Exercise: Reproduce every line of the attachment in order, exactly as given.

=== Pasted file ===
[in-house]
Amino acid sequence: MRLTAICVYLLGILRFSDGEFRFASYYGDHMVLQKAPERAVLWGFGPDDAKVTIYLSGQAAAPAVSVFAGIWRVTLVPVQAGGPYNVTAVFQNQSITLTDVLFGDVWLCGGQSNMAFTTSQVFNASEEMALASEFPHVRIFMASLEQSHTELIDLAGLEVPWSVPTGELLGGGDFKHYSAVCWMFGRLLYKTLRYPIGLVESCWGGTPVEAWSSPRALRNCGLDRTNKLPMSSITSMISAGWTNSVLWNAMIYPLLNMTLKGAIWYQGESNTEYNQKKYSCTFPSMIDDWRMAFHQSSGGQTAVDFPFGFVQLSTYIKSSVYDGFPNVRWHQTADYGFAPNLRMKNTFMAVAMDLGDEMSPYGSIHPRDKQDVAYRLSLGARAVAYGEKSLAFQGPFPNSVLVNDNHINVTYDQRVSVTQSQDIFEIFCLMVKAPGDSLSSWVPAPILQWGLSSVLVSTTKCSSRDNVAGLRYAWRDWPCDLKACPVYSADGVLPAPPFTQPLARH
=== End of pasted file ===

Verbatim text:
[in-house]
Amino acid sequence: MRLTAICVYLLGILRFSDGEFRFASYYGDHMVLQKAPERAVLWGFGPDDAKVTIYLSGQAAAPAVSVFAGIWRVTLVPVQAGGPYNVTAVFQNQSITLTDVLFGDVWLCGGQSNMAFTTSQVFNASEEMALASEFPHVRIFMASLEQSHTELIDLAGLEVPWSVPTGELLGGGDFKHYSAVCWMFGRLLYKTLRYPIGLVESCWGGTPVEAWSSPRALRNCGLDRTNKLPMSSITSMISAGWTNSVLWNAMIYPLLNMTLKGAIWYQGESNTEYNQKKYSCTFPSMIDDWRMAFHQSSGGQTAVDFPFGFVQLSTYIKSSVYDGFPNVRWHQTADYGFAPNLRMKNTFMAVAMDLGDEMSPYGSIHPRDKQDVAYRLSLGARAVAYGEKSLAFQGPFPNSVLVNDNHINVTYDQRVSVTQSQDIFEIFCLMVKAPGDSLSSWVPAPILQWGLSSVLVSTTKCSSRDNVAGLRYAWRDWPCDLKACPVYSADGVLPAPPFTQPLARH